The pivotal piece of data in the May 15 week should be the release of retail and food services sales for April at 8:30 ET on Tuesday. As the earliest data for the second quarter 2023 comes in, it will be assessed to see if growth has picked up after the 1.1 percent increase in the first quarter – which included stronger-than-expected personal consumption expenditures although overall it was below forecast. The April employment report showed payrolls and wages are still rising, although at a somewhat slower pace. This could mean that households will be more inclined to shop and get out for travel and leisure activities.
Early April could have seen an uptick in spending associated with the Passover and Easter observance period, although that seems to have faded quickly, at least for in-person shopping. It is possible that shopping online was strong. The increase in the pace of motor vehicle sales in April to 15.9 million units at an annualized rate compared to 14.8 million in March points to a likely boost for this category. Prices for gasoline were on the rise in April and only eased late in the month. The April average for regular gas was $3.603 per gallon compared to $3.422 in March. However, seasonal adjustment factors should take this into account as April prices typically rise in the changeover period to summer fuel formulations that have a deadline of May 1.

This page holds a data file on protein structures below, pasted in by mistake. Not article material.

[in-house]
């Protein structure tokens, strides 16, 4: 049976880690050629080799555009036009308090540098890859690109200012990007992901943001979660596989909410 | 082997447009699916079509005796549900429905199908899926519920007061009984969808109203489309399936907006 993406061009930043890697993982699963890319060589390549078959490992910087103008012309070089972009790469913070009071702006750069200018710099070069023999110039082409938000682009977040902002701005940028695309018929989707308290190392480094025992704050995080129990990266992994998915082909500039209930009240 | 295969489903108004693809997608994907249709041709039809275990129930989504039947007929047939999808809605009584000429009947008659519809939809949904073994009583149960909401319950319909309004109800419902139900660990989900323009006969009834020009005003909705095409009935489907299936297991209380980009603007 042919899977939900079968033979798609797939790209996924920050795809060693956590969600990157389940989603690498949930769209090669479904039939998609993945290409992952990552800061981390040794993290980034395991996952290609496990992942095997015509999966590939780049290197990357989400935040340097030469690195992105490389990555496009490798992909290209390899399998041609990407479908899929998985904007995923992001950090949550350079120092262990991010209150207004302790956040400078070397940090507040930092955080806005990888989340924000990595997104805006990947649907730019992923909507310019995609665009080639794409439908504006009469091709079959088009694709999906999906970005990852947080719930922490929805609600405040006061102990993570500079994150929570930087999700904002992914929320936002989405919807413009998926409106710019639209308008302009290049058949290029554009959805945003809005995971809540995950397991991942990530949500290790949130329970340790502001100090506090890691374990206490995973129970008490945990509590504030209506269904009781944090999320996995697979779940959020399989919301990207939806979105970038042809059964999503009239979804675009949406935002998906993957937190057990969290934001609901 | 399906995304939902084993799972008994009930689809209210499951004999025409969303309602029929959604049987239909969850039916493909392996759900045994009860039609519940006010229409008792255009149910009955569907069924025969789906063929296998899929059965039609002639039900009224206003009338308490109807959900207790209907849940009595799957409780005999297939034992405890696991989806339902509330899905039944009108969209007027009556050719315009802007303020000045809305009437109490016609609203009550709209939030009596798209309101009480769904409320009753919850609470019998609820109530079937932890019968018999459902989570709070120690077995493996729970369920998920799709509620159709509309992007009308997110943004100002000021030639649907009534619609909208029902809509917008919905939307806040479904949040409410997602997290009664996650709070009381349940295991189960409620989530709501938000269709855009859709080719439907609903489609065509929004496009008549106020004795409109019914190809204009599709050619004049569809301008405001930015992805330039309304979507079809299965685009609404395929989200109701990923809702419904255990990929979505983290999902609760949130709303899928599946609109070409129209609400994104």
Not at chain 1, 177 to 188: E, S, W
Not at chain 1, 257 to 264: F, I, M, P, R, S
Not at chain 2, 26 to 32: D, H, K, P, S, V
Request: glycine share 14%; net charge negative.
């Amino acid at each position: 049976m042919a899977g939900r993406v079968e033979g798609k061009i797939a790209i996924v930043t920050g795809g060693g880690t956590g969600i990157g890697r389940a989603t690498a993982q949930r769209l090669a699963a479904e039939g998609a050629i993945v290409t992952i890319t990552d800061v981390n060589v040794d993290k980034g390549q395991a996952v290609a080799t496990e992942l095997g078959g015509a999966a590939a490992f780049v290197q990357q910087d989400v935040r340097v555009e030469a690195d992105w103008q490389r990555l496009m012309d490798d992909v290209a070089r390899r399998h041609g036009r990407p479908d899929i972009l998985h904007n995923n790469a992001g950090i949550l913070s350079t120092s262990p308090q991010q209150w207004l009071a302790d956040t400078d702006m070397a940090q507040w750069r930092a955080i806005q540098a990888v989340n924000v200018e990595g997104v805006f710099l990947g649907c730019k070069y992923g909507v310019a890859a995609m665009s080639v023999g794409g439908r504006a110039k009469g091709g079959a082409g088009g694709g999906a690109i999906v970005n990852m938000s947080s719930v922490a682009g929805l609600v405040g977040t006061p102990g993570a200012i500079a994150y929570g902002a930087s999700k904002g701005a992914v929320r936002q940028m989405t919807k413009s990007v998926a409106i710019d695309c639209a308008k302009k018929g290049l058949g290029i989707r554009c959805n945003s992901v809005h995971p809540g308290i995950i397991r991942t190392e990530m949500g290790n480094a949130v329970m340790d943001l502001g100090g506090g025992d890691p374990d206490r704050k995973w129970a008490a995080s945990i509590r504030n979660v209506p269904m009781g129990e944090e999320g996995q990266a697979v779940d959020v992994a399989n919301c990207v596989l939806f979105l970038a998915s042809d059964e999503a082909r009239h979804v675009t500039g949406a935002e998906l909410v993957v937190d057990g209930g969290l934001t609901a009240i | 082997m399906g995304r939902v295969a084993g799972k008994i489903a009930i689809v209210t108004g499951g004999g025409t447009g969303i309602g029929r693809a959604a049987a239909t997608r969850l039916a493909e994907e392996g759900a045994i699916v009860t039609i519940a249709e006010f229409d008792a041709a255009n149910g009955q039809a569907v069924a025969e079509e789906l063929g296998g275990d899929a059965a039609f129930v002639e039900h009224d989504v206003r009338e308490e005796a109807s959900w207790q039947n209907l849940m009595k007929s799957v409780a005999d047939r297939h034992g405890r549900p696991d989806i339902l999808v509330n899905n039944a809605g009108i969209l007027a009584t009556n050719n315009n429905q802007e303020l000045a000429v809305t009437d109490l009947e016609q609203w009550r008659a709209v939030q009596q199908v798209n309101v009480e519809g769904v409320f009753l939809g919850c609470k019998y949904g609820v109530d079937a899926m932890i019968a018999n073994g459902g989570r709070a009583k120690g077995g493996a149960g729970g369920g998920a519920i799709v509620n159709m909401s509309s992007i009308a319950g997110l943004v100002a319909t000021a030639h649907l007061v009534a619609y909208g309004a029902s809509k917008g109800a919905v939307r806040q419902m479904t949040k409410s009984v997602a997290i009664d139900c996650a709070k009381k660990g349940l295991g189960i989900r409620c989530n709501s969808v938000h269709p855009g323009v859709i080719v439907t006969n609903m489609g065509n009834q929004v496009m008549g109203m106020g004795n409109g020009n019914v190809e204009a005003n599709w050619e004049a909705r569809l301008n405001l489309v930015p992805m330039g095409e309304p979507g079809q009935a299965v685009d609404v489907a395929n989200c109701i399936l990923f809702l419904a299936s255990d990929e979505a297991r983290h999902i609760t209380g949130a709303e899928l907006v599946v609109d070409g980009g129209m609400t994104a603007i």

The modest improvement in conditions in the housing market that have accompanied a dip in mortgage rates may also help retail sales in categories like building materials or furniture and appliances. Current homeowners are generally inclined to do some repairs and upgrades of home and home furnishings when the weather is warmer. Note this report will include annual revisions released on April 24.
There are a few housing market reports in the May 15 week that should be of interest as well. Any sign of a bottoming after the downturn that began in the second half of 2022 will be welcome. Industry organizations have said that one of the biggest deterrents to home sales right now is the lack of supply of existing homes. It looks like potential homebuyers remain extremely sensitive to mortgage rates, but when the 30-year fixed rate drops below about 6.5 percent it does spark some buying. Without existing units coming on to the market – homeowners with rates around 5.5 percent and below are unwilling to lose the favorable rate and take on a higher one – homebuilders are getting a chance to capture some of the market. The NAHB/Wells Fargo Housing Market Index for May at 10:00 ET on Tuesday should tell us whether single-family home builders are seeing improvements and if there could be some upward momentum in demand.